The Philippines is not interested in buying more frigates after the delivery of two 107-meter-long vessels from South Korea. The small archipelagic country will instead acquire smaller vessels, Defense Secretary Delfin Lorenzana.
"I think the two frigates from Hyundai will be the last in the near future. We are not keen on ordering more capital ships or the big ones," Lorenzana told an audience of economists last week, March 21, during a forum hosted by the Foundation for Economic Freedom.
"We are going to have to buy more small vessels, the fast boats," he said.
Lorenzana responded to a question from former National Economic and Development Authority director general Romulo Neri who asked if it's smart to buy expensive ships that, he said, enemies can sink with a single shot.
Neri, who served during the Arroyo administration, said it might be wiser to buy smaller vessels manufactured locally.
Lorenzana agreed with Neri, citing how "one torpedo can sink an P8-billion frigate."
But this position is expected to raise questions from camps that want the Philippine Navy to acquire more ships to patrol the country's Exclusive Economic Zone (EEZ).
Smaller vessels are generally suitable only for coastal patrols and don't have the endurance for long deployments, according to a retired Navy officer.
The country needs a minimum of 6 frigates or long-range patrol vessels, based on pronouncements made during the previous administration, to be able to monitor the country's waters. The Navy ideally should also have about a dozen corvettes or smaller warships, based on discussions in the Navy.The Aquino administration had embarked on modest modernization as it identified China's aggressiveness in the West Philippine Sea (South China Sea) as the biggest security threat.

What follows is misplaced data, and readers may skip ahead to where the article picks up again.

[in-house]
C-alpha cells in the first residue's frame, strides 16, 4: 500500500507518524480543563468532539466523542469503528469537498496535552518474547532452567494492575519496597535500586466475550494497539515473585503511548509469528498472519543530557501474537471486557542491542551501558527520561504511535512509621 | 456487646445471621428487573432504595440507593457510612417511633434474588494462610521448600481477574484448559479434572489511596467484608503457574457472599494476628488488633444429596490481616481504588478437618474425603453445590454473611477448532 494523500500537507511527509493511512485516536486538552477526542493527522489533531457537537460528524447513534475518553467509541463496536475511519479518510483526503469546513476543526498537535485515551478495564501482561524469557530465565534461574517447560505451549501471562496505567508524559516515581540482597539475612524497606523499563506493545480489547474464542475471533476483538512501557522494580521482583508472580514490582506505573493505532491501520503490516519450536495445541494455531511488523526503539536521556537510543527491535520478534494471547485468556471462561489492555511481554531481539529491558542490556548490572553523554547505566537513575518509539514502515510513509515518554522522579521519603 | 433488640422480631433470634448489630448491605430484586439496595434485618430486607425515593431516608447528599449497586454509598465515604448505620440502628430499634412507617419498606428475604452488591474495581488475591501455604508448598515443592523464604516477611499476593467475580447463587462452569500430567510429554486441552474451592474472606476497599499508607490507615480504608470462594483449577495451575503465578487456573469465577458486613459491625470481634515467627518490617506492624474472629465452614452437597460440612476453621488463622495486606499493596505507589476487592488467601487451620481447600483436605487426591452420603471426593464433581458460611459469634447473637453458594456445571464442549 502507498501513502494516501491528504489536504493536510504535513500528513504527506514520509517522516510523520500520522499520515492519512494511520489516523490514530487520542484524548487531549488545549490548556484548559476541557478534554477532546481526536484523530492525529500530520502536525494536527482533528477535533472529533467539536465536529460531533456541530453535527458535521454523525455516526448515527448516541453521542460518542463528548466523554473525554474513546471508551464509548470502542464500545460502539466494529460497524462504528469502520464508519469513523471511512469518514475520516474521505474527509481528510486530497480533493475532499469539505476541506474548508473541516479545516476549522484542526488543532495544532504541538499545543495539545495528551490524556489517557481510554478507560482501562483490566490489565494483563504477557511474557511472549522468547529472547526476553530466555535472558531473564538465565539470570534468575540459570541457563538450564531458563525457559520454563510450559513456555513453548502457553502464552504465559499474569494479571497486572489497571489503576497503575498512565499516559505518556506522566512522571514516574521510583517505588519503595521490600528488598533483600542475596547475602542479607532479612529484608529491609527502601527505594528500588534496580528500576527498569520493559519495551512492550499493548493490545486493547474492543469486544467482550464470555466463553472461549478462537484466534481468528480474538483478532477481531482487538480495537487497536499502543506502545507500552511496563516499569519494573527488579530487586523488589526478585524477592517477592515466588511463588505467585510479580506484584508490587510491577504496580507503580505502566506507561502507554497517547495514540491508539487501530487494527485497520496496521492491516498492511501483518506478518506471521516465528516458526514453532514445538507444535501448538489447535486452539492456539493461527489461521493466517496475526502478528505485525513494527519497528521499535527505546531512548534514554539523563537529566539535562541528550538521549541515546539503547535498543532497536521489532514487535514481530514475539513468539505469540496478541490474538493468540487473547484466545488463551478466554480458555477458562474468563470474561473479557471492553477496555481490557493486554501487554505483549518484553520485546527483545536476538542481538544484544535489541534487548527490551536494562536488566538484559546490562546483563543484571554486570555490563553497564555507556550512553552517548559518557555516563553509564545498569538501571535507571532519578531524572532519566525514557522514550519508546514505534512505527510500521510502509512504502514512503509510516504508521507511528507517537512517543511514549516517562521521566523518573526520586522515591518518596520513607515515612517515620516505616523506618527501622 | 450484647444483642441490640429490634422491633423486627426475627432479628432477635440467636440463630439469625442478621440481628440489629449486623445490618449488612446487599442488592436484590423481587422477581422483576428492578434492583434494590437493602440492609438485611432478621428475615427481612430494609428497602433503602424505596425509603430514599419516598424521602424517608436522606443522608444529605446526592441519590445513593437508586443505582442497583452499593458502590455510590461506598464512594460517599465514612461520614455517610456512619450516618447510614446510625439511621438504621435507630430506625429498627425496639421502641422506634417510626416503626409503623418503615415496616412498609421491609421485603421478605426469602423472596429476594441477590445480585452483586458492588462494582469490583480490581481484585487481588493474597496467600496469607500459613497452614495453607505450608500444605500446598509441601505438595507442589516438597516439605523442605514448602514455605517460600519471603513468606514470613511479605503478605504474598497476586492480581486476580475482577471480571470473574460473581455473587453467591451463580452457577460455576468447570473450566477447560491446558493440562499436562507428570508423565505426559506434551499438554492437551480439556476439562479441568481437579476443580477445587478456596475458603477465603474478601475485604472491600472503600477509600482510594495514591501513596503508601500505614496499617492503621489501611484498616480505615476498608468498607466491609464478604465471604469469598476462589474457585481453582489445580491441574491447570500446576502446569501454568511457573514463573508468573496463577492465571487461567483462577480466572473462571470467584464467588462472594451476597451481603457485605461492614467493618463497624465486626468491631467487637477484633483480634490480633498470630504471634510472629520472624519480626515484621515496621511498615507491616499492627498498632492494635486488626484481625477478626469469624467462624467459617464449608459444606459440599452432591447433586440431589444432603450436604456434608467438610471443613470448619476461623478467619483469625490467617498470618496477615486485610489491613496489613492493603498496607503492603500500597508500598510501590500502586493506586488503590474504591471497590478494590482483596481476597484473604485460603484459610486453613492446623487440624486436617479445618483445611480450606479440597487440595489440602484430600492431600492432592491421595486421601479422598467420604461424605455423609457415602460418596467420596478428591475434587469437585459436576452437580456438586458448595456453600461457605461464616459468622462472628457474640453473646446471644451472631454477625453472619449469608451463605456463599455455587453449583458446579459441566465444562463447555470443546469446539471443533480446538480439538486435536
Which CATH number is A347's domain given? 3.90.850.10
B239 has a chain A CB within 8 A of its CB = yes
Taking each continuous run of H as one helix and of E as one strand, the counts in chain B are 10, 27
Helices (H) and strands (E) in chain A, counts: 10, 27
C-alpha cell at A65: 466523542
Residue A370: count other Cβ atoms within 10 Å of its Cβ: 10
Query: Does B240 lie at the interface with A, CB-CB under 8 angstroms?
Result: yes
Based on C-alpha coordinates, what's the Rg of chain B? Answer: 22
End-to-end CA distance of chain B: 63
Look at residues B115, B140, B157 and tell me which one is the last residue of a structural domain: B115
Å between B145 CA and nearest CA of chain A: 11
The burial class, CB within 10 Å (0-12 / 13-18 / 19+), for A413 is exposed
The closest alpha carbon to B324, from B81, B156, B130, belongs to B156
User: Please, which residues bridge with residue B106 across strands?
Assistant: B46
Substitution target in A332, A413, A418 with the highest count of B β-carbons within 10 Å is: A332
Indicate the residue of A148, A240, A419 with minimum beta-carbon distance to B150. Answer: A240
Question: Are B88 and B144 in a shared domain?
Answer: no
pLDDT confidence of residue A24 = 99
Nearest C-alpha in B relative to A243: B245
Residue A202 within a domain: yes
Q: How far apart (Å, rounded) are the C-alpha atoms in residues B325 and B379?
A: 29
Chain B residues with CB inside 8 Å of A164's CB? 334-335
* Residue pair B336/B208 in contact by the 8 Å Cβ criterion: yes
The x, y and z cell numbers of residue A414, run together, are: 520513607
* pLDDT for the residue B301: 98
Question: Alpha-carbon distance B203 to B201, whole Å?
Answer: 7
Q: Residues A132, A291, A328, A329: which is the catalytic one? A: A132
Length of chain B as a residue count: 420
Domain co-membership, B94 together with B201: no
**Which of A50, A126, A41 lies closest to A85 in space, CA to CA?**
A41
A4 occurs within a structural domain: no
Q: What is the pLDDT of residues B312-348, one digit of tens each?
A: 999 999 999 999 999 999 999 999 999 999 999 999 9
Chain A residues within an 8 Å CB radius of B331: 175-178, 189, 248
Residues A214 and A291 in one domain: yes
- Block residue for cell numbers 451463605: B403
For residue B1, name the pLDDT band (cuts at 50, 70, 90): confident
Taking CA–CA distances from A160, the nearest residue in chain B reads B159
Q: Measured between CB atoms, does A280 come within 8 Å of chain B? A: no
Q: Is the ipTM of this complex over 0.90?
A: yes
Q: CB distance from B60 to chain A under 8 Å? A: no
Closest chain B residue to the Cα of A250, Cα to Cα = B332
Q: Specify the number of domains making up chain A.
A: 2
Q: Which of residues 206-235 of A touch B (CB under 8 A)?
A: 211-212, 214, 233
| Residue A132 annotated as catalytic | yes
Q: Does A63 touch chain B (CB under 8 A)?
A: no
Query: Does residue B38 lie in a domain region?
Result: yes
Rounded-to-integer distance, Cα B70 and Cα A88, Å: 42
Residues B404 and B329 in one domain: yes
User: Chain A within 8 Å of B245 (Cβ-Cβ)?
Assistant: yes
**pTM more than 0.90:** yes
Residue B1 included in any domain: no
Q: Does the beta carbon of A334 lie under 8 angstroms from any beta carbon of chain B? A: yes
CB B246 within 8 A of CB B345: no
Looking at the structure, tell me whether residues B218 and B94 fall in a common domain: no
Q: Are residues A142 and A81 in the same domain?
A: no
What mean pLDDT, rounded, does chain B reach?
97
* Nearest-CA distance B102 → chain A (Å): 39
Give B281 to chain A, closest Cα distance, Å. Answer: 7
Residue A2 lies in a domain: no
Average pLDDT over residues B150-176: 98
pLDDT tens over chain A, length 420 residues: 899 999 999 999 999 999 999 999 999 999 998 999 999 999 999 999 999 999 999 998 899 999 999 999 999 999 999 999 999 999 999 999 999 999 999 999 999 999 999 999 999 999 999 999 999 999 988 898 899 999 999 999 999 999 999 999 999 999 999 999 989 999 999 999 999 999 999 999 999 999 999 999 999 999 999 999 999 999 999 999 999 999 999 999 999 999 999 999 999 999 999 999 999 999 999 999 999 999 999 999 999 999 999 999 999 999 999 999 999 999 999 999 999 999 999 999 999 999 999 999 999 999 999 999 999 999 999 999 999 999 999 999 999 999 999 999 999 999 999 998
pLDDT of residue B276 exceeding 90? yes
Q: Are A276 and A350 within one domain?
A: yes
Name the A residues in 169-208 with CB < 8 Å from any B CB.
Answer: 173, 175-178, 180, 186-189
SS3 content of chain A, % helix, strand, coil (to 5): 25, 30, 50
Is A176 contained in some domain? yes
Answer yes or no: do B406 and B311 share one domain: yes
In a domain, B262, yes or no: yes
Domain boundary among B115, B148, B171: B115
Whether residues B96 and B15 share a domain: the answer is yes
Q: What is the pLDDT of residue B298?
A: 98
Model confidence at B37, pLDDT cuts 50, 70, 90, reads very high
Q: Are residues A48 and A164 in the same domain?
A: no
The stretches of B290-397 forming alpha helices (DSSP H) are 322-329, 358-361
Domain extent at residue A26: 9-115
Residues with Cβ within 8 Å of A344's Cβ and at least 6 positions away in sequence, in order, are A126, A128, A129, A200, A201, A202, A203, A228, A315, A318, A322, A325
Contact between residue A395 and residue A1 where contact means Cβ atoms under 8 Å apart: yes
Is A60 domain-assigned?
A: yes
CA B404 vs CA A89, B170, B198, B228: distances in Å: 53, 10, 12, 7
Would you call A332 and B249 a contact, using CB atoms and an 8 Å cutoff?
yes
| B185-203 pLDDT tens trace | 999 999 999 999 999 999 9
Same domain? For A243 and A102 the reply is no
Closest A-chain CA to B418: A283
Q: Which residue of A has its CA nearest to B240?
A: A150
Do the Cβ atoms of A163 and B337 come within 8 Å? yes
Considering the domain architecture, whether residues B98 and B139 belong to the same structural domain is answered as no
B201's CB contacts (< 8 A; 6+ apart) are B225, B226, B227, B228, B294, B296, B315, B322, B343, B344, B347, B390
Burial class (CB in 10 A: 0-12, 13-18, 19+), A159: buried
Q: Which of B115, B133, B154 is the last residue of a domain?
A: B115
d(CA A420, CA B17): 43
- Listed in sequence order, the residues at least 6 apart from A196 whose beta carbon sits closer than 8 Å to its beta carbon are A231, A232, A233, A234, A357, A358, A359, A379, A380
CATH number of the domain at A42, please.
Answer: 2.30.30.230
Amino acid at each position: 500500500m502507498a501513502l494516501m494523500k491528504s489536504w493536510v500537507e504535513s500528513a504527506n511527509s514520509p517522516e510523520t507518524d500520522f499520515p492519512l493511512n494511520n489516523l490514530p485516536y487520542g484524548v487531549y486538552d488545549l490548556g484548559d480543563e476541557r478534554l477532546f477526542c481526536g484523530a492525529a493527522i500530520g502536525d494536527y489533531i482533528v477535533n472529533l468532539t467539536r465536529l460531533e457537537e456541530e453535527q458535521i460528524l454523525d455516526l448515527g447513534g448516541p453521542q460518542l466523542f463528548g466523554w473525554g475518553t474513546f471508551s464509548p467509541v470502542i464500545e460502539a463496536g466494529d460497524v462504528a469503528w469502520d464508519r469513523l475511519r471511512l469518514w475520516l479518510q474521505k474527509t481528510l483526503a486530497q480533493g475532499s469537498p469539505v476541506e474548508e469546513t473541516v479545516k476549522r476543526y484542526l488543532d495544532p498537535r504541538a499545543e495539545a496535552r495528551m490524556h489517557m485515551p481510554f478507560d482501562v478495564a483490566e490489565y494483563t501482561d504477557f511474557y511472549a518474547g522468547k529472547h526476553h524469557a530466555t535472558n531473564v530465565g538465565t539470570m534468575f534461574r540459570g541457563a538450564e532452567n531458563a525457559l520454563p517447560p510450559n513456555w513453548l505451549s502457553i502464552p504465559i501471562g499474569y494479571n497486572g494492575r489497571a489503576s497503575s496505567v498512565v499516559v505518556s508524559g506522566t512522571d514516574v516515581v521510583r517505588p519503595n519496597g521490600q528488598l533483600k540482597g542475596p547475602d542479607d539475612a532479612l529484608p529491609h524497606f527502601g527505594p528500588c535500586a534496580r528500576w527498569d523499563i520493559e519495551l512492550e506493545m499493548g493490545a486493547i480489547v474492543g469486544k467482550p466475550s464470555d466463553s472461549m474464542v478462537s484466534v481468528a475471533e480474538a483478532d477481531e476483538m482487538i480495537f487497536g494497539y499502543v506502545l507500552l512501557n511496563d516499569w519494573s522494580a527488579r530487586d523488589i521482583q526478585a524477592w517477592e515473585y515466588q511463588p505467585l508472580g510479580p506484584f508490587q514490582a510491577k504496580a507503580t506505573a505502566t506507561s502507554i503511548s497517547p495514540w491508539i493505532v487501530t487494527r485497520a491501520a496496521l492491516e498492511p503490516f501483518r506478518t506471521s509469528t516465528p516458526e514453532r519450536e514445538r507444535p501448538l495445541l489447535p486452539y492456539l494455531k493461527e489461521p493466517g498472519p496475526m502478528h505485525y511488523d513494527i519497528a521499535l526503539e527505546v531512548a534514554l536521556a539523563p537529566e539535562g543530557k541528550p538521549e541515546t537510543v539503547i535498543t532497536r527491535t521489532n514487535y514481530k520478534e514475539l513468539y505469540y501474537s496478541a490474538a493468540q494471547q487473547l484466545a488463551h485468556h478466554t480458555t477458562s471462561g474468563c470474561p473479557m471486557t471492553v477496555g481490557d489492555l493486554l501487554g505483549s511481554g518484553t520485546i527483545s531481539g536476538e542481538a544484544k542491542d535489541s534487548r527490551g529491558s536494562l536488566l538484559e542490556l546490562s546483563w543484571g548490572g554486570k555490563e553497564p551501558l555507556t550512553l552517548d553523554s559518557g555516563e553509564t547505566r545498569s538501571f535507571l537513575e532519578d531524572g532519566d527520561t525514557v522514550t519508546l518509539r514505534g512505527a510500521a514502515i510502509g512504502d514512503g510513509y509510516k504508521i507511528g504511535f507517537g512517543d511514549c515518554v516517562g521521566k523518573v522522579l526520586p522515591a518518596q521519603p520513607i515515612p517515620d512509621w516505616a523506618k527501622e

The Philippine Navy, which until recently had a World War II relic for a warship, acquired 3 weather high- endurance cutters from the US Coast Guard.
It also funded the acquisition of two frigates which are expected to arrive under the administration of President Rodrigo Duterte.
The frigates became controversial after ousted Navy chief Vice Admiral Ronald Mercado and the Department of National Defense had a disagreement over how shipbuilder Heavy Hyundai Industries planned to equip the warships. Mercado was removed for insubordination.
President Rodrigo Duterte has warmed ties with China and his administration is counting on Beijing's promise that it will not occupy or build more features in the West Philippine Sea.
Tapping local manufacturers
Lorenzana said the government is already talking to local manufacturers of fast boats.
"If we’re buying something, we first should go to local manufacturers," he said.
Lorenzana said he's talking to members of Congress about amending the procurement law, which he said, is biased against local manufacturers.
"Local manufacturers are slapped 12% VAT whereas the foreign suppliers are not. That is one of the complaints of the local manufacturers. I’m talking to some senators," he said.